Portland State University is like no other campus in Oregon and it sure is treated that way. It is urban, diverse, and largely open to the public. The city Park Blocks and streetcar trolleys are among the principal attractions that lend validation to this point. Students may take refuge in classrooms, recreation areas and offices, but for the most part, stepping outside any of these buildings means exposing ourselves to whomever happens to be walking by or passing through. The pros and cons of this reality are many and it is hard to say which side outweighs the other. Portland is as vibrant as any city in the western United States and its citizens as vivid as any city could wish for.
The variety of lifestyles, goals and practices exuded by PSU’s inhabitants all mesh together to create an intricately woven tapestry spun of beautiful colors that display what it means to be alive in the northwest. When snags occur, or something becomes off color, we are reminded that there are imperfections in the tapestry of life and at times we may feel it necessary to remove them. The point of this cheesy metaphor is to pose a simple question. On an open campus that values diversity and experience, whom do we welcome and whom do we shun?
It is hard not to condemn the members of society who come on campus and detract from the sense of united community and the peaceful ambiance we cultivate. Every day it is possible to have an unwanted encounter, and I am personally a little tired of being asked for spare change. If panhandlers had seen the last report card for the funding of higher education, they would probably know that all we college kids ever have is change, and most of the time we cannot spare any. I would not request their removal, however, because I really wish I did have the means to help all those who have a genuine need. On the other hand, I am tired of seeing older men lurking around the buildings, calling out vulgar remarks to young women. Predators are a real threat on campus and I know that we are sick of being preyed upon. Is it possible to draw, or even see, the line between whom we accept as a harmless passerby and a dangerous one? Probably not.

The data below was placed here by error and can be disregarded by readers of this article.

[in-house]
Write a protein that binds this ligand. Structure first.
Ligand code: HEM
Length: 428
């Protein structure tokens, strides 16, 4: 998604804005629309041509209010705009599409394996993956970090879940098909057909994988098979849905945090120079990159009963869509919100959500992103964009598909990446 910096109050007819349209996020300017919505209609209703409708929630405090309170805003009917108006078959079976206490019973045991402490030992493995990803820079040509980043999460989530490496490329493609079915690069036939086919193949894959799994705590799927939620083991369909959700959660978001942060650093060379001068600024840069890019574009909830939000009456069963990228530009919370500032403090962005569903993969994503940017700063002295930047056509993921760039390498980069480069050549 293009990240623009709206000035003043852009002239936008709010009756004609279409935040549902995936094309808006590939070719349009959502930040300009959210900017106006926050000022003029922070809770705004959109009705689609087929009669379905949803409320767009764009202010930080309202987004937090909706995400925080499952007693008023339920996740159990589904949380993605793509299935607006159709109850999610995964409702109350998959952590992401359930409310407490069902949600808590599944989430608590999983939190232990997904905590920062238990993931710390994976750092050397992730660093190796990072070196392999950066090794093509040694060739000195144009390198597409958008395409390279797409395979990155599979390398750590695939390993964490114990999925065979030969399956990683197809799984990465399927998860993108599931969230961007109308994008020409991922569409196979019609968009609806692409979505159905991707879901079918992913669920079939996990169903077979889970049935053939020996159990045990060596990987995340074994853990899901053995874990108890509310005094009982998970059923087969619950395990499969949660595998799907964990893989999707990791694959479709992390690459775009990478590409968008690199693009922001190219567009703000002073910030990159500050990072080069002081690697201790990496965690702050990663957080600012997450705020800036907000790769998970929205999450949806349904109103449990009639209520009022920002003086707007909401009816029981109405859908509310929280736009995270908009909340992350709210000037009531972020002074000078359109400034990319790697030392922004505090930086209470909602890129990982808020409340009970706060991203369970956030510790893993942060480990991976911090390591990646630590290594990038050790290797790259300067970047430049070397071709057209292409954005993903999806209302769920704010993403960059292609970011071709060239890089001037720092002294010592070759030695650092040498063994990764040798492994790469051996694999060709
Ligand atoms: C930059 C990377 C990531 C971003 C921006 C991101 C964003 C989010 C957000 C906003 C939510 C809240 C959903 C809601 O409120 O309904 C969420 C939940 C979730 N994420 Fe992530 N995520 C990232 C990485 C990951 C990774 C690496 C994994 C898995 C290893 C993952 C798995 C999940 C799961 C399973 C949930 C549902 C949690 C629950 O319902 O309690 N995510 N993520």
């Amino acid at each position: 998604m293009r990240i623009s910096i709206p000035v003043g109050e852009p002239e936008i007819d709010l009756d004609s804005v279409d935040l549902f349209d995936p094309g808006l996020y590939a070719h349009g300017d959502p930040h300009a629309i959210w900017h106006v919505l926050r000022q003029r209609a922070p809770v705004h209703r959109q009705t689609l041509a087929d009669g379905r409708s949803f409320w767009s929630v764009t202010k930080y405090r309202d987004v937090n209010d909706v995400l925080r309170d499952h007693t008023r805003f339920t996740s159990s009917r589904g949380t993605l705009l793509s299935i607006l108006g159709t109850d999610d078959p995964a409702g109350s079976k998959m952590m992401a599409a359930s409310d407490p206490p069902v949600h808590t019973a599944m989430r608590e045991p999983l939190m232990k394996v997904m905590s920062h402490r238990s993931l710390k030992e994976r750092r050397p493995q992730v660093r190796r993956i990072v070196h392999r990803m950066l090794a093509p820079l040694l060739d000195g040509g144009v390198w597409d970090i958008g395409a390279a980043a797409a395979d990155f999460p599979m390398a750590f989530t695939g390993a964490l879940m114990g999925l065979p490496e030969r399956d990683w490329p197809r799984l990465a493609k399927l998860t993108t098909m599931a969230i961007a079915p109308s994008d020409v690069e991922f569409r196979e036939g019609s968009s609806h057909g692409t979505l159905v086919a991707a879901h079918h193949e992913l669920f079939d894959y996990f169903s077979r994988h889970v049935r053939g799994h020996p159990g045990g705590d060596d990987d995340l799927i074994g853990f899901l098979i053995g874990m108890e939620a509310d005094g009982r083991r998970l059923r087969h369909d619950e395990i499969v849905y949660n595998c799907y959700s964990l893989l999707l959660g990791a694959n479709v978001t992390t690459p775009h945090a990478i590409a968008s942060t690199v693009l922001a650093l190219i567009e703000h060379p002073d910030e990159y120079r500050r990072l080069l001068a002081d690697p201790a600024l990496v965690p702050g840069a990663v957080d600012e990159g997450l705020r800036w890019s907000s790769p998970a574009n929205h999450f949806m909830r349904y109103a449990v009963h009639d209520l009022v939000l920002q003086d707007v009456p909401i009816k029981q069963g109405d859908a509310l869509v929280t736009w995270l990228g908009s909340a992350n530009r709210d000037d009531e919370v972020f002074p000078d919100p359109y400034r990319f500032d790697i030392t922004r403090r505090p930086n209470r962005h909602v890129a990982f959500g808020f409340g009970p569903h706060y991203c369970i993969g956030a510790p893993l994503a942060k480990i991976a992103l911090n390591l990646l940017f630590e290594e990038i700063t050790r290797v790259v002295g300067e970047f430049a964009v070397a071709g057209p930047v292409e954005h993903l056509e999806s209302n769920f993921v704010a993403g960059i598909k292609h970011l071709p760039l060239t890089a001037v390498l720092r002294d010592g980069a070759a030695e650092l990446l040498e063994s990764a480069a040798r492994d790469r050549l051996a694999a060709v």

Last week in the Park Blocks, we got a taste of the controversy that can occur when the right to free speech is exercised in the public arena. Religious radicals came to a place of learning and tolerance bringing their messages of hate and hypocrisy. I have heard from some of you who were personally attacked by their verbal messages of racism, sexism and basic discrimination. It was painful to hear, and I am sure that it makes all of us angry to be so blatantly violated. We pay thousands of dollars to study on this beautiful campus and deserve to be respected by our peers and colleagues.
One of the basic rights in this country, however, is the mandated right to free speech for all. I believe that the instigation of physical violence is never OK, but it made me very proud to see some of you exercise your right to retaliate through speech. Signs with positive messages affirming our right to existence, whatever our belief system or lifestyle, were more in tune with the spirit of Portland State than any expression of intolerance ever would be. I want to thank you for your strength and determination on that day.
If it were possible, which it is not, for Portland State to become a closed campus, would we even want this to happen? I think our nature as Portlanders and students would cause us to reject this idea because of the message it would send. No one should be denied access to the atmosphere an institution of higher education can create. If certain characters choose to exploit the acceptance we appear to extend to all, then we must meet their heinous actions with community-based solidarity.
What are the benefits of a non-PSU-related people on our campus? You never know whom you are going to meet. Foreign tourists often come to Portland State either through curiosity or by taking wrong turns in their exploration of the city. American tourists find their way onto our campus as well and they are often the easiest to spot. Making the sprint between Shattuck and Lincoln, you’ve probably come across folks with large, unfolded TriMet maps, huge umbrellas on a sunny day (obviously our reputation precedes us) and questions like, “So, uh, is it true you guys make a lot of beer here?” You might reply, “Yes, it’s true, Portland is the microbrewery capital of the world, but dude, seriously, I’m just trying to get to class.” These interactions are neutral in substance, with no large amount of conflict or quality in them. We can find value, however, in meeting someone whose perspective is not by and large represented on campus. Someday, we might even be able to rustle up a real conservative.
We cannot forget the human side of public life. Many people choose to visit our campus for the simple fact that they know they will be part of a community, a bustling throng of artists and scholars living together in peaceful harmony. Some are simply waiting for the chance to attend this school. I know I wandered through once or twice as an adolescent. It is for these people that Portland State should keep its arms wide open, welcoming the community we work so hard to improve. We must let knowledge and an accommodating spirit serve our city.